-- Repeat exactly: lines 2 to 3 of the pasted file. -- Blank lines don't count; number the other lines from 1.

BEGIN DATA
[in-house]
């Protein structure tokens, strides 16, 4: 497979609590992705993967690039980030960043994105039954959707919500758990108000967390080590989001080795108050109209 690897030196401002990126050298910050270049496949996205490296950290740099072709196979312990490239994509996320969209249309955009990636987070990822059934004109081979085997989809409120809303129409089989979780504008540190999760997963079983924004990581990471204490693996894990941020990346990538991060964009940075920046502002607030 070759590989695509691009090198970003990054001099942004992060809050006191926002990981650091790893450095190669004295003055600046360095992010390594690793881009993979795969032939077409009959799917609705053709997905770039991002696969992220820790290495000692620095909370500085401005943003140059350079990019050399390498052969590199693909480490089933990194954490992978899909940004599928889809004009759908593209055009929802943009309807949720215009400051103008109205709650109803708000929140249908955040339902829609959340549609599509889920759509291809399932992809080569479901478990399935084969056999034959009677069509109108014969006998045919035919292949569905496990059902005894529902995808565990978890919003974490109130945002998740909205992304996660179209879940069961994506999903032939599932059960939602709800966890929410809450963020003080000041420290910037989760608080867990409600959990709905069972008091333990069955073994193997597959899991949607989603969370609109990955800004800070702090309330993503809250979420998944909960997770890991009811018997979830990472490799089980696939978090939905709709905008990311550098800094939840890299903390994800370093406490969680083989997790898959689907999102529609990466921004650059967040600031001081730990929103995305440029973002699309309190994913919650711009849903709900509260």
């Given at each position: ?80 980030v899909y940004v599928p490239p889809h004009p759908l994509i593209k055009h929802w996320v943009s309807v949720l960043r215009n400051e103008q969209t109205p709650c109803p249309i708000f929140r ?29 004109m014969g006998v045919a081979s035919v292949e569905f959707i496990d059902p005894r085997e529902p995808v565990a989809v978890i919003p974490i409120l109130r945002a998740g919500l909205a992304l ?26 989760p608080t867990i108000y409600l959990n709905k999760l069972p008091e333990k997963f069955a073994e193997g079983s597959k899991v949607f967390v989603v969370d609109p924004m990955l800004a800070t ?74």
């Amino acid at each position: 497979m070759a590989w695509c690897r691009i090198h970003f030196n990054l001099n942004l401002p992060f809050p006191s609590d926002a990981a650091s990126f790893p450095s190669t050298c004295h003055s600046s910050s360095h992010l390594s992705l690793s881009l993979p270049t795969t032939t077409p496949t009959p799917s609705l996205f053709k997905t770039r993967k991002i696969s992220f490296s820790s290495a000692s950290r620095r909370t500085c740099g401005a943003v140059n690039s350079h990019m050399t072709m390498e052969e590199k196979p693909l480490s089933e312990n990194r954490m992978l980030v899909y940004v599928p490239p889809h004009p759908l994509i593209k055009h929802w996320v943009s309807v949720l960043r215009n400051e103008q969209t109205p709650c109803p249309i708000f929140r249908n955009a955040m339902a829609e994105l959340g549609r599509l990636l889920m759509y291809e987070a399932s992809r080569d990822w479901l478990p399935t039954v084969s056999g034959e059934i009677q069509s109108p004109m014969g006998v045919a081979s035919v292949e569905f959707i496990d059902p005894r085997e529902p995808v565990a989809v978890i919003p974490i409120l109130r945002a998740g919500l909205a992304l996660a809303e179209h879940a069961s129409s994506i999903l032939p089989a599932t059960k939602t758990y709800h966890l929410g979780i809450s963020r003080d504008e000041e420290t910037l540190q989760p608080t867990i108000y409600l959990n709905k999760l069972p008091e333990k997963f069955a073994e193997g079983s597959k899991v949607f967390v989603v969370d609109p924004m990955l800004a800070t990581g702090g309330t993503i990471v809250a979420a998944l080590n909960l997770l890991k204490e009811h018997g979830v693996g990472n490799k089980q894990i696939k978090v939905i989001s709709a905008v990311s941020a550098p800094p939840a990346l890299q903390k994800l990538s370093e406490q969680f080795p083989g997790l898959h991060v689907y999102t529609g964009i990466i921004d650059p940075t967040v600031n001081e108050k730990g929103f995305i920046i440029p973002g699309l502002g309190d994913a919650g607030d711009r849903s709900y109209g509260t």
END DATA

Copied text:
């Protein structure tokens, strides 16, 4: 497979609590992705993967690039980030960043994105039954959707919500758990108000967390080590989001080795108050109209 690897030196401002990126050298910050270049496949996205490296950290740099072709196979312990490239994509996320969209249309955009990636987070990822059934004109081979085997989809409120809303129409089989979780504008540190999760997963079983924004990581990471204490693996894990941020990346990538991060964009940075920046502002607030 070759590989695509691009090198970003990054001099942004992060809050006191926002990981650091790893450095190669004295003055600046360095992010390594690793881009993979795969032939077409009959799917609705053709997905770039991002696969992220820790290495000692620095909370500085401005943003140059350079990019050399390498052969590199693909480490089933990194954490992978899909940004599928889809004009759908593209055009929802943009309807949720215009400051103008109205709650109803708000929140249908955040339902829609959340549609599509889920759509291809399932992809080569479901478990399935084969056999034959009677069509109108014969006998045919035919292949569905496990059902005894529902995808565990978890919003974490109130945002998740909205992304996660179209879940069961994506999903032939599932059960939602709800966890929410809450963020003080000041420290910037989760608080867990409600959990709905069972008091333990069955073994193997597959899991949607989603969370609109990955800004800070702090309330993503809250979420998944909960997770890991009811018997979830990472490799089980696939978090939905709709905008990311550098800094939840890299903390994800370093406490969680083989997790898959689907999102529609990466921004650059967040600031001081730990929103995305440029973002699309309190994913919650711009849903709900509260």
């Given at each position: ?80 980030v899909y940004v599928p490239p889809h004009p759908l994509i593209k055009h929802w996320v943009s309807v949720l960043r215009n400051e103008q969209t109205p709650c109803p249309i708000f929140r ?29 004109m014969g006998v045919a081979s035919v292949e569905f959707i496990d059902p005894r085997e529902p995808v565990a989809v978890i919003p974490i409120l109130r945002a998740g919500l909205a992304l ?26 989760p608080t867990i108000y409600l959990n709905k999760l069972p008091e333990k997963f069955a073994e193997g079983s597959k899991v949607f967390v989603v969370d609109p924004m990955l800004a800070t ?74």